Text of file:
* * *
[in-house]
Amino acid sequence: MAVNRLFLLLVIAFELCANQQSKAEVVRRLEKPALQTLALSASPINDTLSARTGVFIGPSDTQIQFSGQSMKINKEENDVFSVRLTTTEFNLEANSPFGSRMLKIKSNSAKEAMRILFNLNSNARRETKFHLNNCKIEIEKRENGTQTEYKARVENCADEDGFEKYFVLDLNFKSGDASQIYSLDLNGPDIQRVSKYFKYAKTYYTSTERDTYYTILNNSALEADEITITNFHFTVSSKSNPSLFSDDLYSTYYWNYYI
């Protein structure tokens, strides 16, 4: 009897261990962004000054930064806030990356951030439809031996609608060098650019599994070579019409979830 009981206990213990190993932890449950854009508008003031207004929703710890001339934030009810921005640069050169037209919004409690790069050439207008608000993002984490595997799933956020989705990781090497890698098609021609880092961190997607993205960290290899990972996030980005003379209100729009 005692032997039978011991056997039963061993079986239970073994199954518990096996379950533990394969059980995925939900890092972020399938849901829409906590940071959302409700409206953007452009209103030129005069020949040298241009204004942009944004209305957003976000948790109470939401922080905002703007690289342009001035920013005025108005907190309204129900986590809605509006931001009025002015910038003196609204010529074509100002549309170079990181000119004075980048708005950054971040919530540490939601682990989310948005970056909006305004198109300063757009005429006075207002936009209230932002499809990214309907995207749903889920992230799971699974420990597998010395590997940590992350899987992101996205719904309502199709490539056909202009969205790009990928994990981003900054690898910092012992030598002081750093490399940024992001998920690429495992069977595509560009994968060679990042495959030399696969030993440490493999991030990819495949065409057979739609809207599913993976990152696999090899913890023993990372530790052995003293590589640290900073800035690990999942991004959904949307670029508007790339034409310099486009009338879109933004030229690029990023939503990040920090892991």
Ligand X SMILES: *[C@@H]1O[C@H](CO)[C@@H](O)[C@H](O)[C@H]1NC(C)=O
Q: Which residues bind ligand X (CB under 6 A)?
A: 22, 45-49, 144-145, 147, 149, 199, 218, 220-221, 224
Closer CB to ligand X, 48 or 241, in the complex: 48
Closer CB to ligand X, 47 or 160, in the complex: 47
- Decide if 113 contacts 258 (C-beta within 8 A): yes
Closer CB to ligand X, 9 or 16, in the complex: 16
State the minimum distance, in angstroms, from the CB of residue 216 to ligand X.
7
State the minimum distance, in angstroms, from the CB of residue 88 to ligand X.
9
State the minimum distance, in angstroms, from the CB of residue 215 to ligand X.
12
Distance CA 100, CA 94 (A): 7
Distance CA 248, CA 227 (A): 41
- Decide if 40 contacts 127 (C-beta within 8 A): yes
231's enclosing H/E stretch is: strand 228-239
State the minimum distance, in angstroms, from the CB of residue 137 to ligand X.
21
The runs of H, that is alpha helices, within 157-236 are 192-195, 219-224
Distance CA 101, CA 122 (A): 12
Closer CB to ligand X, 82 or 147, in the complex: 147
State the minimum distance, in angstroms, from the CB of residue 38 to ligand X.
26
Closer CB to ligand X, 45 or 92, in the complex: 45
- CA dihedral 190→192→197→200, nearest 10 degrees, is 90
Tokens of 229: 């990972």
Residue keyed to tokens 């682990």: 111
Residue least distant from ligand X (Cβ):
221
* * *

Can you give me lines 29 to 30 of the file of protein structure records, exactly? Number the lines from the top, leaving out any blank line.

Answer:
- CA dihedral 190→192→197→200, nearest 10 degrees, is 90
Tokens of 229: 């990972």